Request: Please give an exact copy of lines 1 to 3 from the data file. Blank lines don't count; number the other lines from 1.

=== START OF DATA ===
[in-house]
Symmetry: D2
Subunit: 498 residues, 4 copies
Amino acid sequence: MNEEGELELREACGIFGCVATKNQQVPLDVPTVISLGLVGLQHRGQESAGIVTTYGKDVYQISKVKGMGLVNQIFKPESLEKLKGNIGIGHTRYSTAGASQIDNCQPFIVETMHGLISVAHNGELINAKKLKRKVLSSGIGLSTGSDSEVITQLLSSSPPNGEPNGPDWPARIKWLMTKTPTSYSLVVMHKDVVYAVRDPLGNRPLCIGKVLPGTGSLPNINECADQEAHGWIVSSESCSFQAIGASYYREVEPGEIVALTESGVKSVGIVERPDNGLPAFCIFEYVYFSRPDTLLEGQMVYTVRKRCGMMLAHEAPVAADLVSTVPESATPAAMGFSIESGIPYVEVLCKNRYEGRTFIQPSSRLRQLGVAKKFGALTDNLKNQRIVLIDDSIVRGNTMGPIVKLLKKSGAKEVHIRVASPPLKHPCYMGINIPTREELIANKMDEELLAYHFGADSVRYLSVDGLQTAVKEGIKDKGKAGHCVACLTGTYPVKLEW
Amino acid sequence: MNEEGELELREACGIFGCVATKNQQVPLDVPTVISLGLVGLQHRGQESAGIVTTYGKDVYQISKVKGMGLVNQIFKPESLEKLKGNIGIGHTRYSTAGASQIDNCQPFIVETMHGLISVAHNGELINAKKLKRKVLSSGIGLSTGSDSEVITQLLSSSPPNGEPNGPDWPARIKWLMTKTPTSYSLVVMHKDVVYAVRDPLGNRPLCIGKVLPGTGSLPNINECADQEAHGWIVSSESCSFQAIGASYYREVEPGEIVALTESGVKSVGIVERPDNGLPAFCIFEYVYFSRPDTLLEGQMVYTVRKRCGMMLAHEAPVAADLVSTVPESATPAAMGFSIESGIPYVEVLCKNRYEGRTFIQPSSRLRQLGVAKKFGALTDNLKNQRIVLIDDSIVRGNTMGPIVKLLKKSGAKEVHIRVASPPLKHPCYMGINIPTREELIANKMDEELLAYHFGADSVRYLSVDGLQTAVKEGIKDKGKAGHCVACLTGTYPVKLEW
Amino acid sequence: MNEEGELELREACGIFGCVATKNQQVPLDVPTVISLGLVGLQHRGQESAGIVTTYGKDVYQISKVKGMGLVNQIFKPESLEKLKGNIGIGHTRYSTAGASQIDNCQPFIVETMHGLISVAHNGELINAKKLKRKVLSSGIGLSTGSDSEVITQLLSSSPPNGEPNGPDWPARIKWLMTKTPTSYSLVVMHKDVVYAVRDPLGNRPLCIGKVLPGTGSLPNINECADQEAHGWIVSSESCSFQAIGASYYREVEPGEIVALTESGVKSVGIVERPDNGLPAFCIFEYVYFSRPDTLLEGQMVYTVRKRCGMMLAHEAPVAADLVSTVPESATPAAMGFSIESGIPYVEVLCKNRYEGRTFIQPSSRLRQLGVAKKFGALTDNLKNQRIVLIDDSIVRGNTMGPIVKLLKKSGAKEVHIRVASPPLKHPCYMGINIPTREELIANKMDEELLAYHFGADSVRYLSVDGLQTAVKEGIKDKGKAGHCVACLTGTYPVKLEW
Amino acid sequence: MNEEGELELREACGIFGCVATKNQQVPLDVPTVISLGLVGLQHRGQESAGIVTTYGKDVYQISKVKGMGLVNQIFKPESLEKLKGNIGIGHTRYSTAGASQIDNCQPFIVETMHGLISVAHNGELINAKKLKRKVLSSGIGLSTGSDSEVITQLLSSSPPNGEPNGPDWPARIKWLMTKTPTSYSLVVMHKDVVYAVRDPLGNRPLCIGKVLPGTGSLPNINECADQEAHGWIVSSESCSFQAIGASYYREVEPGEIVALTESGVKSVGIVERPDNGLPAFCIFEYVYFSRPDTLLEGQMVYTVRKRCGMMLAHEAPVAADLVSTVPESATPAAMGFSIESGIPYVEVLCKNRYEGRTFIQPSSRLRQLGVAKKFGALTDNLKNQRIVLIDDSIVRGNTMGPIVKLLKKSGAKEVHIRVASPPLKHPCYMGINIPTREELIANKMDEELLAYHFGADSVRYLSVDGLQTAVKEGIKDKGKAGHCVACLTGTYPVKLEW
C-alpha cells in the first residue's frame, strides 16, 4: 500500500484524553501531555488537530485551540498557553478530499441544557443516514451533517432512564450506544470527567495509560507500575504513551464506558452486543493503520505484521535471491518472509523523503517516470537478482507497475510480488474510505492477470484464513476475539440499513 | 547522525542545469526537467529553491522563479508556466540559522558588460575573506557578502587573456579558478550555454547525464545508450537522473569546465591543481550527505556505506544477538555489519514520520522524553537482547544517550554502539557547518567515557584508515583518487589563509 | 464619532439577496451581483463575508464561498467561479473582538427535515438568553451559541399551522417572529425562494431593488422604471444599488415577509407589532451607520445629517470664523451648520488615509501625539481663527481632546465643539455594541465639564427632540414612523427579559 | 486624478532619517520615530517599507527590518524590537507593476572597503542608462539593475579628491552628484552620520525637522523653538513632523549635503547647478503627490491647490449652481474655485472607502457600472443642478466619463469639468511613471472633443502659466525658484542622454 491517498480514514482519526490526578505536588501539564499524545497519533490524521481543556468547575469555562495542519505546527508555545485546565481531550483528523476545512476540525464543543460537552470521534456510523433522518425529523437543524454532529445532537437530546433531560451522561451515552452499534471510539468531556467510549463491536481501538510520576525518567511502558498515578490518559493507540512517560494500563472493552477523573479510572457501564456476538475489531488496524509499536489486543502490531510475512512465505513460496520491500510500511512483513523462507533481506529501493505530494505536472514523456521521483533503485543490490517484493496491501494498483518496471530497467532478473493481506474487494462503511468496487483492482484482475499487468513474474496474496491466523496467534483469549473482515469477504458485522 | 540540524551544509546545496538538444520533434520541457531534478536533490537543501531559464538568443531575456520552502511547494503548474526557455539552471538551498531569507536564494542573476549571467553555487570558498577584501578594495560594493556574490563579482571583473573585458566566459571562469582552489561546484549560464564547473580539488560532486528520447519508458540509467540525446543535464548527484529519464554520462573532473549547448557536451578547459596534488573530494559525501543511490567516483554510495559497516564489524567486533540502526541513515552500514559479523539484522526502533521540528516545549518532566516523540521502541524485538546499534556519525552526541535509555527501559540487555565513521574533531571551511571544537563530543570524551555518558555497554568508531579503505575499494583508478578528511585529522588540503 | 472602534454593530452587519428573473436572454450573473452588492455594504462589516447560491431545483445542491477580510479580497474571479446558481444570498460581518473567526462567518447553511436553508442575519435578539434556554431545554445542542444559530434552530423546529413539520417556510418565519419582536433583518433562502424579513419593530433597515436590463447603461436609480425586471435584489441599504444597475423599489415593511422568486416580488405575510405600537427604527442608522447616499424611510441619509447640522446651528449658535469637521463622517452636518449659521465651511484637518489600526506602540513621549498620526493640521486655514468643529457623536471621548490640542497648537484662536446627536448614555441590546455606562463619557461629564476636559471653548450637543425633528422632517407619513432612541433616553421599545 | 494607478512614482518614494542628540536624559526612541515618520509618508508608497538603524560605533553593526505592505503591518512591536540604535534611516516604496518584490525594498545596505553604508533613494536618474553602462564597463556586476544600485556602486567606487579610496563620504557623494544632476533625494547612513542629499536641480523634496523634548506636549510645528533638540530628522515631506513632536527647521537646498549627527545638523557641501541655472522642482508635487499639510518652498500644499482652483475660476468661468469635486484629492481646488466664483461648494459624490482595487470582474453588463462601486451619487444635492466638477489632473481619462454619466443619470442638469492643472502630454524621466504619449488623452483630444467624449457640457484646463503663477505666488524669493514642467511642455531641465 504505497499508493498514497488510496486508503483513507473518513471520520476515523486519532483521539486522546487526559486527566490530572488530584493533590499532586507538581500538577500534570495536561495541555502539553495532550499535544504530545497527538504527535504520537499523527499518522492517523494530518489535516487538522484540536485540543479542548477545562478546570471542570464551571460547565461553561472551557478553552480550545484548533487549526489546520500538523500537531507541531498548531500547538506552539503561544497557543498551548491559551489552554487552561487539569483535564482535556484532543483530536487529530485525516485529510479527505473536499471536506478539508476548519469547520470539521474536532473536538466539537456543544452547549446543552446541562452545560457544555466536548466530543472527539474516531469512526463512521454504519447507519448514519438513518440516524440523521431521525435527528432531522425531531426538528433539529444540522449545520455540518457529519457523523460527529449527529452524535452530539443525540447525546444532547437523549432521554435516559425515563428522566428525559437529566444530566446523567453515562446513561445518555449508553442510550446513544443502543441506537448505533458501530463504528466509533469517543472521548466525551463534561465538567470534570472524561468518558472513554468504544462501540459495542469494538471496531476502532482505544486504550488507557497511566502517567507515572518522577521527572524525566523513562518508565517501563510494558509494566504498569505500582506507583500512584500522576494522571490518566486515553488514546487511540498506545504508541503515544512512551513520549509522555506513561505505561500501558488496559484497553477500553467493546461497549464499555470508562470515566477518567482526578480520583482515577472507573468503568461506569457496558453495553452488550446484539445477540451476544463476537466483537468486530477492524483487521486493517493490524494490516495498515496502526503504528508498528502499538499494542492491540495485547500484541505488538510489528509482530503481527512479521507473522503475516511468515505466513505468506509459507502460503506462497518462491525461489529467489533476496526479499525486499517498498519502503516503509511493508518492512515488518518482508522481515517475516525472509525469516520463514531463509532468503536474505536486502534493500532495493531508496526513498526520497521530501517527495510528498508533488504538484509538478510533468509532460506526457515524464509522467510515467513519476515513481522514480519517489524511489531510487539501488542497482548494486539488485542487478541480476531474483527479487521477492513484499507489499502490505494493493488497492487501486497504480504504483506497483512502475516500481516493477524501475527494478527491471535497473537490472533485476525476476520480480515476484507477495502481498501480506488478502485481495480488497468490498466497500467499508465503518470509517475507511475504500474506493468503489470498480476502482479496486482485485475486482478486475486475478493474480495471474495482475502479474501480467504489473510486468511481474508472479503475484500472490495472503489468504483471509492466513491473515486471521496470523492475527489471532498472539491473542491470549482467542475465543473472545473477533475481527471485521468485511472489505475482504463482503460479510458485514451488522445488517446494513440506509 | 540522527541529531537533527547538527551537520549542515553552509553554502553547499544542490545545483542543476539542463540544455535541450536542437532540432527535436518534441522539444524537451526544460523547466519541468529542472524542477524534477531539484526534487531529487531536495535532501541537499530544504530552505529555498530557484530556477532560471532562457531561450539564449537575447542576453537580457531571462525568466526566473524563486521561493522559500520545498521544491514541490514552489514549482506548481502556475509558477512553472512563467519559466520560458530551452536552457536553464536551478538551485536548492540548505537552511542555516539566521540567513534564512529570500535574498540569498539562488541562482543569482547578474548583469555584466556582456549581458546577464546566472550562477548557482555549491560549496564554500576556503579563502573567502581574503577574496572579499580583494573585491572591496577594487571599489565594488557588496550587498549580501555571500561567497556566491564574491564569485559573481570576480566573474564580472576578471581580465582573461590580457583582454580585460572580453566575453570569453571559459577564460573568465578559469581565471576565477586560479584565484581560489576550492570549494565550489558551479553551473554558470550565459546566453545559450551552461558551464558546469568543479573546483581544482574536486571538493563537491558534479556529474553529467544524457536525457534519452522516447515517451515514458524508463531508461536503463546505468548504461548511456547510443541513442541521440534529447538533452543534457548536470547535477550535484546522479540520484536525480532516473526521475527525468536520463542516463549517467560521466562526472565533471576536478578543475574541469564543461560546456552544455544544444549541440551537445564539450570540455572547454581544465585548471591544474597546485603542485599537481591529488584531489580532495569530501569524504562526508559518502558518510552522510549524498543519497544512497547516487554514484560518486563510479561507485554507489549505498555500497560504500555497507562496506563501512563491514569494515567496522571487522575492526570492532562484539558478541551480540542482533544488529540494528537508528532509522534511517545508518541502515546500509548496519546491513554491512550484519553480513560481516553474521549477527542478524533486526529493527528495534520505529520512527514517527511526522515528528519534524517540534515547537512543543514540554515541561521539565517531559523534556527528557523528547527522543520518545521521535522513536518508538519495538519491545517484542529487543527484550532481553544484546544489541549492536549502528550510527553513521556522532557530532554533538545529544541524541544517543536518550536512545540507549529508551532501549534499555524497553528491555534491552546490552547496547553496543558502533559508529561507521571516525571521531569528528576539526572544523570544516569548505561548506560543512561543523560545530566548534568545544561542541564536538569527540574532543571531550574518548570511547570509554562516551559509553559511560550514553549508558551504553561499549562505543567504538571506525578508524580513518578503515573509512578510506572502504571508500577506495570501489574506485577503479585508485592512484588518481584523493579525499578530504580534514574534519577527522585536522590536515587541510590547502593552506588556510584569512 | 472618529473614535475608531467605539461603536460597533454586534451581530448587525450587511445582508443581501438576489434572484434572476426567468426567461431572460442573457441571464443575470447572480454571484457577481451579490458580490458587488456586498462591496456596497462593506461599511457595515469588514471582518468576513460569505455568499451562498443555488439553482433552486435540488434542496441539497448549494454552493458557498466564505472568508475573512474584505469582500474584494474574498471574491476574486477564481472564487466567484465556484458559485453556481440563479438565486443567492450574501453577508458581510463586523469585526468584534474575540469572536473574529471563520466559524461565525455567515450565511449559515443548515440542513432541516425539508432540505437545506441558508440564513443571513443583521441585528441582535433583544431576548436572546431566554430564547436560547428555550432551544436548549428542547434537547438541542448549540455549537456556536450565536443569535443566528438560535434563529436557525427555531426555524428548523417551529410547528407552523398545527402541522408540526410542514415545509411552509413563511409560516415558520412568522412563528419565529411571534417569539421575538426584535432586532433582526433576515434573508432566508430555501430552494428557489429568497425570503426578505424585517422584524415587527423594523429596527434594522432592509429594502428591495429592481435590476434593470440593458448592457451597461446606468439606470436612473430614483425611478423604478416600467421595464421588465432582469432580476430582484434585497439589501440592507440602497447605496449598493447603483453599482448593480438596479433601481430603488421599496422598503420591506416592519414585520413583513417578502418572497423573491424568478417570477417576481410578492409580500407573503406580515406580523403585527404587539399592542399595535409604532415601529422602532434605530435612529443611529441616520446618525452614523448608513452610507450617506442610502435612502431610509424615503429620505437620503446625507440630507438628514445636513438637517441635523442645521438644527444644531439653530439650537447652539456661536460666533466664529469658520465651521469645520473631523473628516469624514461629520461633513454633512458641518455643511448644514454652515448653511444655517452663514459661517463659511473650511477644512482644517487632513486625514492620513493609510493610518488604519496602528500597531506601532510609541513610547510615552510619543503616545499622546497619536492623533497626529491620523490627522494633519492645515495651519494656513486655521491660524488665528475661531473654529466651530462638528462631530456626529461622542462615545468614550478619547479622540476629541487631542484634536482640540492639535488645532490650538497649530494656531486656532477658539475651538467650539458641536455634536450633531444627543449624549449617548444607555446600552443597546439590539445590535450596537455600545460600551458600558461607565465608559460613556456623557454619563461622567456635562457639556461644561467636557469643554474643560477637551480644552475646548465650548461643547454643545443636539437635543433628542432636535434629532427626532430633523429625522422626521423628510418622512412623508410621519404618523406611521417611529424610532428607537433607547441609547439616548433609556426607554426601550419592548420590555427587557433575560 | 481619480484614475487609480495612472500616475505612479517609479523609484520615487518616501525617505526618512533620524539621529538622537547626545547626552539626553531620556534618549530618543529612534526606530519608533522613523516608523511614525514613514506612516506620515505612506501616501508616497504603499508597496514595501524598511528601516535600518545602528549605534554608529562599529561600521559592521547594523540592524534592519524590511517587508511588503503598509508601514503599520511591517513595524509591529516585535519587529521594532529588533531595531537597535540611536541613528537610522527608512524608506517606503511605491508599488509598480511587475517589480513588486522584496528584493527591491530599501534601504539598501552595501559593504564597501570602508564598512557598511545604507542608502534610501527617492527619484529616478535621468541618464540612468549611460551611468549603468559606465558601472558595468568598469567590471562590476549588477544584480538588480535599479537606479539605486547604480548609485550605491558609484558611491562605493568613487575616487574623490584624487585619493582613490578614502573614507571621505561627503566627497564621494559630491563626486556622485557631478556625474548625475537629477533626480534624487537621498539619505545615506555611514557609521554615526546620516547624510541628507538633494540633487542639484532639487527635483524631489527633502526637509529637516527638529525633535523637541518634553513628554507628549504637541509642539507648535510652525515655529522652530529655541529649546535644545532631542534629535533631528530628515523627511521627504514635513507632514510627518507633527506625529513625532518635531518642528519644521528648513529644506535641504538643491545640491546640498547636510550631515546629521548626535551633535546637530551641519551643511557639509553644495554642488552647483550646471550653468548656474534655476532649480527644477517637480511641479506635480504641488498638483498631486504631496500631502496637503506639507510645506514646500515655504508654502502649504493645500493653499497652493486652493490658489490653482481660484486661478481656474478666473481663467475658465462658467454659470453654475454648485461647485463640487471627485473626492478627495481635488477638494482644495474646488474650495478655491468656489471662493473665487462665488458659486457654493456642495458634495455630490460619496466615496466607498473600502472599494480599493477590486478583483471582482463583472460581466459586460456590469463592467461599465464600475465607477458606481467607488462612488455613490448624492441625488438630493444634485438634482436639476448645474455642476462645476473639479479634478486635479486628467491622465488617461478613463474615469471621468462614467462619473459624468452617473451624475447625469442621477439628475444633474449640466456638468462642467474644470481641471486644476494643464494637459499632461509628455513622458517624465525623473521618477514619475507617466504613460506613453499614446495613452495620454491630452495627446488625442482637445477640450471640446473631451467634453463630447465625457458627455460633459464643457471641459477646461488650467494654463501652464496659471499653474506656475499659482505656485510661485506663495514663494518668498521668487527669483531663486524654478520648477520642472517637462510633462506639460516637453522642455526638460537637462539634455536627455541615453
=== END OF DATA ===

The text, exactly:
[in-house]
Symmetry: D2
Subunit: 498 residues, 4 copies